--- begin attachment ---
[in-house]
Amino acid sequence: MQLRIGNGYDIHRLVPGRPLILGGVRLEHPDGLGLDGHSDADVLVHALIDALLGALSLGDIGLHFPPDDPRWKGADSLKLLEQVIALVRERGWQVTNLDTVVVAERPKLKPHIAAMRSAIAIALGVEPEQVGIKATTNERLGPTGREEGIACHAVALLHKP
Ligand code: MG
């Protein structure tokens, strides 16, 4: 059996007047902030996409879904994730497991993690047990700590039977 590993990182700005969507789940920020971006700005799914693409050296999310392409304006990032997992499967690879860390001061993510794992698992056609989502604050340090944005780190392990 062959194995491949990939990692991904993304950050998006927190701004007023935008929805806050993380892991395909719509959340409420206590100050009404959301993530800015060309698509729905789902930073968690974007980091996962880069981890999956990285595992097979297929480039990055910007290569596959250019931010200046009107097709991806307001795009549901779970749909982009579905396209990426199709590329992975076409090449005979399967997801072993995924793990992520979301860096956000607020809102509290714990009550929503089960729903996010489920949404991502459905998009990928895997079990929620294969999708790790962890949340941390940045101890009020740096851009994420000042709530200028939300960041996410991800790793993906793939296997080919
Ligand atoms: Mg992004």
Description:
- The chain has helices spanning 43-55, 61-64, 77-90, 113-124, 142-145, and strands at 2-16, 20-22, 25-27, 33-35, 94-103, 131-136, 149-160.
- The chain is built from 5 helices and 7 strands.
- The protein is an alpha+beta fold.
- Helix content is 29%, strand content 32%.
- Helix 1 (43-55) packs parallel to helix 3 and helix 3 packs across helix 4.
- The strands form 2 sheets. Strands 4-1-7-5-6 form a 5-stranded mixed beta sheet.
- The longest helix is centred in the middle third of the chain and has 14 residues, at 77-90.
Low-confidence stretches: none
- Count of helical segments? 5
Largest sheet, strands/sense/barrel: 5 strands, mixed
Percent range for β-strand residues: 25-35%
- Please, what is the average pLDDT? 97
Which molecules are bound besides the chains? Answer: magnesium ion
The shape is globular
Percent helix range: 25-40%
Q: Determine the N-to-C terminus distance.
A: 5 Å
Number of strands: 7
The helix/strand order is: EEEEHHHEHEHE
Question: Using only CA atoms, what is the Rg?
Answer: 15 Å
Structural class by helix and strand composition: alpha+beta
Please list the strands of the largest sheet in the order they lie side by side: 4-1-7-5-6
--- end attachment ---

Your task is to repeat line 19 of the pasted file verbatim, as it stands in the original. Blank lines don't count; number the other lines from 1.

Which molecules are bound besides the chains? Answer: magnesium ion